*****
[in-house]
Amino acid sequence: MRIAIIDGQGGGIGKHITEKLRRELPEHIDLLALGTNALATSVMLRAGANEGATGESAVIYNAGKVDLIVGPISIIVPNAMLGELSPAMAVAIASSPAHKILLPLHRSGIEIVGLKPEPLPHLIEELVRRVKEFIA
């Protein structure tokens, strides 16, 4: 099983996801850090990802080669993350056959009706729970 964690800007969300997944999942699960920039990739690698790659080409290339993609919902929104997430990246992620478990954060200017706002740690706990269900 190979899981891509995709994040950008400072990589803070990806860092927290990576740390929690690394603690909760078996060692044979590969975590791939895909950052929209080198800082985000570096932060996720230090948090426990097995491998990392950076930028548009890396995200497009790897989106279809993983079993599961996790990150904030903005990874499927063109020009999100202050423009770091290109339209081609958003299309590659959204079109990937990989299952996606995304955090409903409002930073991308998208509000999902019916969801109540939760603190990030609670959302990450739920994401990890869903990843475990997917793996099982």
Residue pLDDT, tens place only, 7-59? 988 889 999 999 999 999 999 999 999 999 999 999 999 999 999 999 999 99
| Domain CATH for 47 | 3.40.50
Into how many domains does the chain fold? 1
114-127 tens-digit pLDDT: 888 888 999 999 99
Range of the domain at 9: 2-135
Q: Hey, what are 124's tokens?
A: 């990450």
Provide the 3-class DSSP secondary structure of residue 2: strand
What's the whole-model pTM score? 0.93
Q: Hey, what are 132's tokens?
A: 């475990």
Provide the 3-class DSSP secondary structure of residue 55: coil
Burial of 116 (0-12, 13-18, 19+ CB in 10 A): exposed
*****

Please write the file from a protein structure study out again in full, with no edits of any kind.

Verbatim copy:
[in-house]
Amino acid sequence: MRIAIIDGQGGGIGKHITEKLRRELPEHIDLLALGTNALATSVMLRAGANEGATGESAVIYNAGKVDLIVGPISIIVPNAMLGELSPAMAVAIASSPAHKILLPLHRSGIEIVGLKPEPLPHLIEELVRRVKEFIA
């Protein structure tokens, strides 16, 4: 099983996801850090990802080669993350056959009706729970 964690800007969300997944999942699960920039990739690698790659080409290339993609919902929104997430990246992620478990954060200017706002740690706990269900 190979899981891509995709994040950008400072990589803070990806860092927290990576740390929690690394603690909760078996060692044979590969975590791939895909950052929209080198800082985000570096932060996720230090948090426990097995491998990392950076930028548009890396995200497009790897989106279809993983079993599961996790990150904030903005990874499927063109020009999100202050423009770091290109339209081609958003299309590659959204079109990937990989299952996606995304955090409903409002930073991308998208509000999902019916969801109540939760603190990030609670959302990450739920994401990890869903990843475990997917793996099982």
Residue pLDDT, tens place only, 7-59? 988 889 999 999 999 999 999 999 999 999 999 999 999 999 999 999 999 99
| Domain CATH for 47 | 3.40.50
Into how many domains does the chain fold? 1
114-127 tens-digit pLDDT: 888 888 999 999 99
Range of the domain at 9: 2-135
Q: Hey, what are 124's tokens?
A: 């990450």
Provide the 3-class DSSP secondary structure of residue 2: strand
What's the whole-model pTM score? 0.93
Q: Hey, what are 132's tokens?
A: 């475990």
Provide the 3-class DSSP secondary structure of residue 55: coil
Burial of 116 (0-12, 13-18, 19+ CB in 10 A): exposed